Editor's Note: This is the third in a series of five 'Ask the Candidates' articles focusing on the lone contested Summit Common Council race in the upcoming November 3 election. The two Ward 1 candidates are Democrat Susan Hairston and Republican Eileen Kelly.
TAPinto Summit sent the question(s) for each article to the candidates and is publishing their written answers as received (verbatim). The order of the candidates' answers will be rotated with each successive article.
Part Three - People Got The Power?
While Summit is not the only town that has been affected, it seems that a substantial portion of Summit often loses power -- and for extended periods of time -- when severe weather and storms hit the area.
Given the current infrastructure and logistics, what can be done to mitigate the loss of power by so many and to shorten restoration times for those that do lose power?
Eileen Kelly (R)
Soon after Hurricane Isaias struck Summit and left thousands of homes without power, I organized a community forum with both present and former elected officials to help understand the problem, possible solutions, and clear next steps.
What came out of those conversations was the following four-part plan:
First, we need to reexamine tree pruning management across Summit. Let’s get the key stakeholders together from the county and city government as well as JCP&L to develop and take action on a new plan that understands past challenges and anticipates those on the horizon. The first phase of a new pruning management plan should prioritize areas most frequently affected (i.e. streets with power outages when weak storms hit). In the second phase, we should look at streets with high transmission coverage. Finally, we should closely monitor energy distribution areas with safety hazards like dead-ends or cul-de-sacs that can be easily cut off.
Second, we should manage our relationship with JCP&L differently. Currently, one representative is overburdened with the responsibility of overseeing communication with many municipalities. The current arrangement is inefficient and ineffective, many municipalities are fighting for scarce resources in times of crisis with an understandably overwhelmed single point of contact at JCP&L. We should start by requesting an additional representative for our county that can help provide more localized and responsive service. With that new person, we should further invite and, if necessary, require quarterly updates from JCP&L at public Council meetings. At those meetings, or published separately, a regular report on health metrics of key infrastructure should be published.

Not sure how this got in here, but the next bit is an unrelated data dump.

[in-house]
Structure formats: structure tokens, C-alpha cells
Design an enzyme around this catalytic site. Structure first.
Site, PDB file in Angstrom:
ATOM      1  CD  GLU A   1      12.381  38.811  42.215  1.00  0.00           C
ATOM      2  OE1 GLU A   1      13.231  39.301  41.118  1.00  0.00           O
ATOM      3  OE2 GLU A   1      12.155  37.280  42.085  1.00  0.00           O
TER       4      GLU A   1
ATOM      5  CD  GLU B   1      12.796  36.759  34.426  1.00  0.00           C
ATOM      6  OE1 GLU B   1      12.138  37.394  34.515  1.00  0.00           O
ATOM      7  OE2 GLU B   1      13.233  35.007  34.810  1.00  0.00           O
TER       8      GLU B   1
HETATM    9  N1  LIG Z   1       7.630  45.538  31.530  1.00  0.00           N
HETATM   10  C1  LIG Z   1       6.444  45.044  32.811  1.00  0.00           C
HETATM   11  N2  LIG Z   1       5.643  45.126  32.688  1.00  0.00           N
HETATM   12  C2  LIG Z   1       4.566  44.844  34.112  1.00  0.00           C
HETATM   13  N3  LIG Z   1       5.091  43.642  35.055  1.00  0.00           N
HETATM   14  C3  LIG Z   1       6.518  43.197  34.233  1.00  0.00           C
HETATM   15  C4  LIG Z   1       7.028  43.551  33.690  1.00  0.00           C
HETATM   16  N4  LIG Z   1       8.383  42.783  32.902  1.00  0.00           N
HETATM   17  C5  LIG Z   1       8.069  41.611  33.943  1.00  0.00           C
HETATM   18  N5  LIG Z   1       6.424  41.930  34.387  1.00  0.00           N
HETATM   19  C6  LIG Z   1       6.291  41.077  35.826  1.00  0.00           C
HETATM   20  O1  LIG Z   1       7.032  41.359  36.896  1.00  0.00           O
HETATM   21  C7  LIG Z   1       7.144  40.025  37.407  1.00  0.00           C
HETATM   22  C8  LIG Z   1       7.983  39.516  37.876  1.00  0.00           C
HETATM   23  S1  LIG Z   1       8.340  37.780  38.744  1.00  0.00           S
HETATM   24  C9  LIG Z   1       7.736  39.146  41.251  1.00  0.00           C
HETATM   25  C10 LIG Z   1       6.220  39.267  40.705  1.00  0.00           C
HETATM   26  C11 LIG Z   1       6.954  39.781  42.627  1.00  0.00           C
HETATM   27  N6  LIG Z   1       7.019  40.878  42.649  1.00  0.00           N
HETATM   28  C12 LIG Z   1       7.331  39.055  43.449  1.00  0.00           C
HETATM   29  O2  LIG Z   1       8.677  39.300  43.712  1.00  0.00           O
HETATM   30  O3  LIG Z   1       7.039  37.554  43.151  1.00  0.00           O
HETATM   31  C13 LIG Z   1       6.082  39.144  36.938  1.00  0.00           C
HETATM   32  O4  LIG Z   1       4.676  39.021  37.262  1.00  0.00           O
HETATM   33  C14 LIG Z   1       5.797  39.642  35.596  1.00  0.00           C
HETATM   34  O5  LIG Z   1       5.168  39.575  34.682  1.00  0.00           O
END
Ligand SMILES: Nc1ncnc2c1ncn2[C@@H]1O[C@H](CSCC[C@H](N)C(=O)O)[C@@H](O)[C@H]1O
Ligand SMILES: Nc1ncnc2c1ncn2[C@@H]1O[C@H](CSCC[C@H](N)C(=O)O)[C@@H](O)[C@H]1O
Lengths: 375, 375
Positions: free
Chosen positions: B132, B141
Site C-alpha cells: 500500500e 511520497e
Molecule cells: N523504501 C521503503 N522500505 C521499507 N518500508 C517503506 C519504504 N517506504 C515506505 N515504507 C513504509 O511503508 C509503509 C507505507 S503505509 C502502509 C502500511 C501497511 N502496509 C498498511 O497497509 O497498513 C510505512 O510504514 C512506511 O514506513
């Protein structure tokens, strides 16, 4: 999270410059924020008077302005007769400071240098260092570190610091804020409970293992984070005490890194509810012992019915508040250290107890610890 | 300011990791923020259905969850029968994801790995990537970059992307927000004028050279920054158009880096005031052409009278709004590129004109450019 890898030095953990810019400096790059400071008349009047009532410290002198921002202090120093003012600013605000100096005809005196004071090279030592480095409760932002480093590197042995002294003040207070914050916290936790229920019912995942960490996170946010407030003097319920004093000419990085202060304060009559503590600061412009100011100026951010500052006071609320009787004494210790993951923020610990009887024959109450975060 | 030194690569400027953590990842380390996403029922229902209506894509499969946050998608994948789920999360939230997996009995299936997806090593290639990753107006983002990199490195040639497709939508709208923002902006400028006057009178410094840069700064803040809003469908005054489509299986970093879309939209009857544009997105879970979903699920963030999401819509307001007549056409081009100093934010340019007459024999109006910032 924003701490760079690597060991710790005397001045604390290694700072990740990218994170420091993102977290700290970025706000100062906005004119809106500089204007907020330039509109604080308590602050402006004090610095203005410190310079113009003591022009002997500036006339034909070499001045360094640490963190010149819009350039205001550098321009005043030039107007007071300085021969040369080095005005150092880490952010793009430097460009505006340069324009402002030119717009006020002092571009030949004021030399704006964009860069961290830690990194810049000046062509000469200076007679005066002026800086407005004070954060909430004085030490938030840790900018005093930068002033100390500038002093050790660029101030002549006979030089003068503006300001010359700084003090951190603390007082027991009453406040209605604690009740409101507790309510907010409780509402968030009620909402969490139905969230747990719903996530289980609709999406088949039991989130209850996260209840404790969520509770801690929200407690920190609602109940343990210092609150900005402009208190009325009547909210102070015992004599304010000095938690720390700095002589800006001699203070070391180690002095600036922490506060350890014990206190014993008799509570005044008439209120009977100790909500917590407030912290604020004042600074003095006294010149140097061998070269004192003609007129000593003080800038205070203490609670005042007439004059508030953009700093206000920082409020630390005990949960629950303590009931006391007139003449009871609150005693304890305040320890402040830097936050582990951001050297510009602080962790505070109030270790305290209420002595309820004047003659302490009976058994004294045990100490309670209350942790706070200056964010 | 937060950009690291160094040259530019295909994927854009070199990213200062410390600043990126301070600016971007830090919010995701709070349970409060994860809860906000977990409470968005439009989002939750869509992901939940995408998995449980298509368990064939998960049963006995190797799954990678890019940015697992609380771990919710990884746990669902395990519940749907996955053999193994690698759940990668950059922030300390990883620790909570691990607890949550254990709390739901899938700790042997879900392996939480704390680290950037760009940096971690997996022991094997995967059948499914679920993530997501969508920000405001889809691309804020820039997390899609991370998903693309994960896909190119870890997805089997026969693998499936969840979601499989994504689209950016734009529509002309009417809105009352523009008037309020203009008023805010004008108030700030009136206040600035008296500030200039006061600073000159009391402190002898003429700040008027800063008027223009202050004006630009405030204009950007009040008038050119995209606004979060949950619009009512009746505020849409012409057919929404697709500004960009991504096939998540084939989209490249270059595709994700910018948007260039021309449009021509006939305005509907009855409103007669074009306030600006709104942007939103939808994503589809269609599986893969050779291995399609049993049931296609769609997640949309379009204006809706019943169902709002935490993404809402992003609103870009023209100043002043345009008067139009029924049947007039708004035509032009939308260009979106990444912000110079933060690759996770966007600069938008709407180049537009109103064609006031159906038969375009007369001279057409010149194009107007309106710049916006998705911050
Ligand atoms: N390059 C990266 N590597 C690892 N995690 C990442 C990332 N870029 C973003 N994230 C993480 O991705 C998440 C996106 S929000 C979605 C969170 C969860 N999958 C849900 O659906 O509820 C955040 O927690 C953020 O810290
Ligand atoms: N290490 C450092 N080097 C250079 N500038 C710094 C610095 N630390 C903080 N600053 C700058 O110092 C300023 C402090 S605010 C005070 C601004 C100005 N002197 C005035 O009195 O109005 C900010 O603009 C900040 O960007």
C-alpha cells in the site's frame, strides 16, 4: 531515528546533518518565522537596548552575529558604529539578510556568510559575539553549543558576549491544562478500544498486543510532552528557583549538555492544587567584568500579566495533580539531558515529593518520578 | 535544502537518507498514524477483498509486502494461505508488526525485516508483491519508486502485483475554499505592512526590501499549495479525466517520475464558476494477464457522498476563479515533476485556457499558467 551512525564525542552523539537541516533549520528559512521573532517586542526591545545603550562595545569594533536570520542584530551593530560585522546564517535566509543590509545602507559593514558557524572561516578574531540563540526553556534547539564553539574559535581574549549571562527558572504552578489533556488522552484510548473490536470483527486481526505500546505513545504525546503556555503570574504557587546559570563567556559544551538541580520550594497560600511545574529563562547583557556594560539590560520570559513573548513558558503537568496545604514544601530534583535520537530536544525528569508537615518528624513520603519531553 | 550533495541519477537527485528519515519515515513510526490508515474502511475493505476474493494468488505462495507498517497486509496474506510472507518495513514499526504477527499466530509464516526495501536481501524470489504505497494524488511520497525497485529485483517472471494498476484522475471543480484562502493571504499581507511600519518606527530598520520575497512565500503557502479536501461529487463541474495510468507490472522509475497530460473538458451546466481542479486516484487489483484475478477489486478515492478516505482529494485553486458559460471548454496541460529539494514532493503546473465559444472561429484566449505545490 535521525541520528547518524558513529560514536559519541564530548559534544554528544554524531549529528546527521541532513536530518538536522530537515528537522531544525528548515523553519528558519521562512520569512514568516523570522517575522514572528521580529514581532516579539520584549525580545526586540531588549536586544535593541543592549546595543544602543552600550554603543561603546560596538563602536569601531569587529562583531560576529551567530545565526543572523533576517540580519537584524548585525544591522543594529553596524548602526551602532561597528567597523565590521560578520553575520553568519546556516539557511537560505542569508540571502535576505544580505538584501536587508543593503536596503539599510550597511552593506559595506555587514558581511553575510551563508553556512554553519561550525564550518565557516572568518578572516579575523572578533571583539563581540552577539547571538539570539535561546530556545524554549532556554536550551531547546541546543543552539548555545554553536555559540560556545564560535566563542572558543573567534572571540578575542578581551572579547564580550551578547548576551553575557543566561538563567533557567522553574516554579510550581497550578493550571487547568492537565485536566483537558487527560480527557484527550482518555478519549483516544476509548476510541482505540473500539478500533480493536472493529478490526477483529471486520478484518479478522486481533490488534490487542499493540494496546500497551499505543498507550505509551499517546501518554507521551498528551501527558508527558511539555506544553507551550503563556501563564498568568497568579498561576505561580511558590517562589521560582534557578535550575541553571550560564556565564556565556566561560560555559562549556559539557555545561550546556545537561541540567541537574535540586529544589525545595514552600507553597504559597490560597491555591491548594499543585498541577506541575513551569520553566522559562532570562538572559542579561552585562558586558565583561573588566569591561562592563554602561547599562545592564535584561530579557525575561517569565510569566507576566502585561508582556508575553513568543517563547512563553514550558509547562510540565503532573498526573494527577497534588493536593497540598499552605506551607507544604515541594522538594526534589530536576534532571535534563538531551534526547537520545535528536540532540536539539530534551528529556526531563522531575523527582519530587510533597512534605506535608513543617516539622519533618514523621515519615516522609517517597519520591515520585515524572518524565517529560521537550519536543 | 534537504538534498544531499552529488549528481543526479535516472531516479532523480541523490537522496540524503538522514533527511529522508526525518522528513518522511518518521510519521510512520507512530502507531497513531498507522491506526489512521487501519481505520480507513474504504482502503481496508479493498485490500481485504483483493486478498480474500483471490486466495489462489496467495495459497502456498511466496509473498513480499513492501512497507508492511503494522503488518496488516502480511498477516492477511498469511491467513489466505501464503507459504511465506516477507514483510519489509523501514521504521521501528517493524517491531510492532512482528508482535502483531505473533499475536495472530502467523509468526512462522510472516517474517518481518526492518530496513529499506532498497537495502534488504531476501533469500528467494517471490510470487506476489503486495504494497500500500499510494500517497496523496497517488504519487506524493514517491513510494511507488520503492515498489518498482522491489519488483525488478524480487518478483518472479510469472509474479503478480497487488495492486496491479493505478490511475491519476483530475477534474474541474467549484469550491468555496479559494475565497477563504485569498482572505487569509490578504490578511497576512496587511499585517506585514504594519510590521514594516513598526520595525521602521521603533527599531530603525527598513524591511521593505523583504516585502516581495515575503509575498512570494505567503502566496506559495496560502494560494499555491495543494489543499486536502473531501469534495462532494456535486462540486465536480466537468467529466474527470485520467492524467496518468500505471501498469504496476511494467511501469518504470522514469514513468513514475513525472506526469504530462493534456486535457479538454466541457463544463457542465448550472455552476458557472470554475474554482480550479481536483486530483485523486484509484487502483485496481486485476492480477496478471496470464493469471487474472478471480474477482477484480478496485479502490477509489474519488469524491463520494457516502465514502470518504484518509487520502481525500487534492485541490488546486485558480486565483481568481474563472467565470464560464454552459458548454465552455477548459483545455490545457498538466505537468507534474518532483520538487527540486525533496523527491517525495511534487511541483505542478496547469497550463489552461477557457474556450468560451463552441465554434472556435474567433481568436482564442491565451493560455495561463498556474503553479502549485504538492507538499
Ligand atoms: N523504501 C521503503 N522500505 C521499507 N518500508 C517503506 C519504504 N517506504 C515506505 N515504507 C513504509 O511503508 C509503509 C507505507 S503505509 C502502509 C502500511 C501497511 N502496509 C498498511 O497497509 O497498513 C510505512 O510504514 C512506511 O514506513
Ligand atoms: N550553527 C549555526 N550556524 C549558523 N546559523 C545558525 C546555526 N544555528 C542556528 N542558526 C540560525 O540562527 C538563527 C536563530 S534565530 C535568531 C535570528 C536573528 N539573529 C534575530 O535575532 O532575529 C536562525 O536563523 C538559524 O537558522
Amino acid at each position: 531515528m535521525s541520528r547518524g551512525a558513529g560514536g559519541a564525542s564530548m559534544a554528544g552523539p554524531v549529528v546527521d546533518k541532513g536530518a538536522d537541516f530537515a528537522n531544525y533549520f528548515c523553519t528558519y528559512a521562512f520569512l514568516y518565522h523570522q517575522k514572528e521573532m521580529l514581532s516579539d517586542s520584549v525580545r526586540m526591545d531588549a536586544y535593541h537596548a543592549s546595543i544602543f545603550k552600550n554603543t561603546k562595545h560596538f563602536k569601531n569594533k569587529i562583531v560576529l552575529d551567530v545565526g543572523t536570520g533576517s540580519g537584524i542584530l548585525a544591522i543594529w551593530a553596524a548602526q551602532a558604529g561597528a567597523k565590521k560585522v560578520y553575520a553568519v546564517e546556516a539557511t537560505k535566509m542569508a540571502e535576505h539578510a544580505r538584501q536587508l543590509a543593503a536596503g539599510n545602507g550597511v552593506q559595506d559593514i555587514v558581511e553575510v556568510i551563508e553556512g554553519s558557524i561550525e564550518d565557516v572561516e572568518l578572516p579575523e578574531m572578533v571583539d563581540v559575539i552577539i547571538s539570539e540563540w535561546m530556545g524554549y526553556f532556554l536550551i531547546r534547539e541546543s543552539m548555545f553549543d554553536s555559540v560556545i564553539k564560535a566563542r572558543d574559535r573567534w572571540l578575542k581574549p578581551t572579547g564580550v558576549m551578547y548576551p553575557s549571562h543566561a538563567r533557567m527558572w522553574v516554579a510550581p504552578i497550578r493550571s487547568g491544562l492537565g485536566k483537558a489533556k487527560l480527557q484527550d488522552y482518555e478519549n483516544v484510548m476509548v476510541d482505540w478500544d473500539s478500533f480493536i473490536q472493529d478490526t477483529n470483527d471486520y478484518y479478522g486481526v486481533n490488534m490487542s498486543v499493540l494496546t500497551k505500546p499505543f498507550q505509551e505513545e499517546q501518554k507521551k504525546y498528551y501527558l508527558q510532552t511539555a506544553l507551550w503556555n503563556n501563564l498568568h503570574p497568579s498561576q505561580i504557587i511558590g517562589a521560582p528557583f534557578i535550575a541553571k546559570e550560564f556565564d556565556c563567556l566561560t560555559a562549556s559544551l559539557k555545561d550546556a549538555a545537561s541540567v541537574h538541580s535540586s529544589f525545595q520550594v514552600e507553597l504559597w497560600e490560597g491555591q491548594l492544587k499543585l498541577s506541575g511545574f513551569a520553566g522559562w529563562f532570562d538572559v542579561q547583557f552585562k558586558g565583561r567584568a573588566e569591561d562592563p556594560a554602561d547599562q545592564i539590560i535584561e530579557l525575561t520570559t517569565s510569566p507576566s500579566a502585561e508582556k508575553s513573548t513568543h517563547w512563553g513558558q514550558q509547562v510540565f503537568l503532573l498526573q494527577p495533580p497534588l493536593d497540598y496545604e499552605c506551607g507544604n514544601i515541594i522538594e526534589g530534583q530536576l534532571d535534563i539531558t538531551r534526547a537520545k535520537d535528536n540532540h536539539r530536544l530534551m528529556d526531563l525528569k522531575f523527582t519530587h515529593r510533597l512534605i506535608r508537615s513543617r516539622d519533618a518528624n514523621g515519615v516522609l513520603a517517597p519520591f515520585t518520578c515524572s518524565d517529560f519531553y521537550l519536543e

Third, we should form a Certified Emergency Response Team (CERT) volunteer program to help drive regular and reliable updates during outages. Many elderly residents did not know who to go to or how to use the online reporting systems available. Having a neighbor as a resource would provide tremendous peace of mind. This approach would also help JCP&L considerably by adding more trained eyes on the ground and, with it, a more formal system to pass information back and forth. This could start by partnering with the Fire Department to recruit and maintain lists of local volunteers. When storms strike, these volunteers would be called into action to maintain a resident list by districts which is then updated quarterly. Volunteers would receive direction from the local Office of Emergency Management (OEM) during a storm and be welcomed into an “emergency management virtual room” to share what they’re seeing personally unfold in their own neighborhoods.
Fourth, we could consider evaluating our relationship with JCP&L as our electricity utility. A comparative analysis tells us what many residents already know -- JCP&L delivers just about the poorest outage performance when compared with other electricity providers in the state. They are known to have the lowest customer satisfaction--particularly in the areas of communication and the functionality of their website. Two areas that residents turn to immediately when in need. There is also concerns about corrupt business practices—fraud to be more specific—tied back to the actions of key executive at their corporate headquarters in Ohio. JCP&L provides local service, but is not a local company. Too often it shows.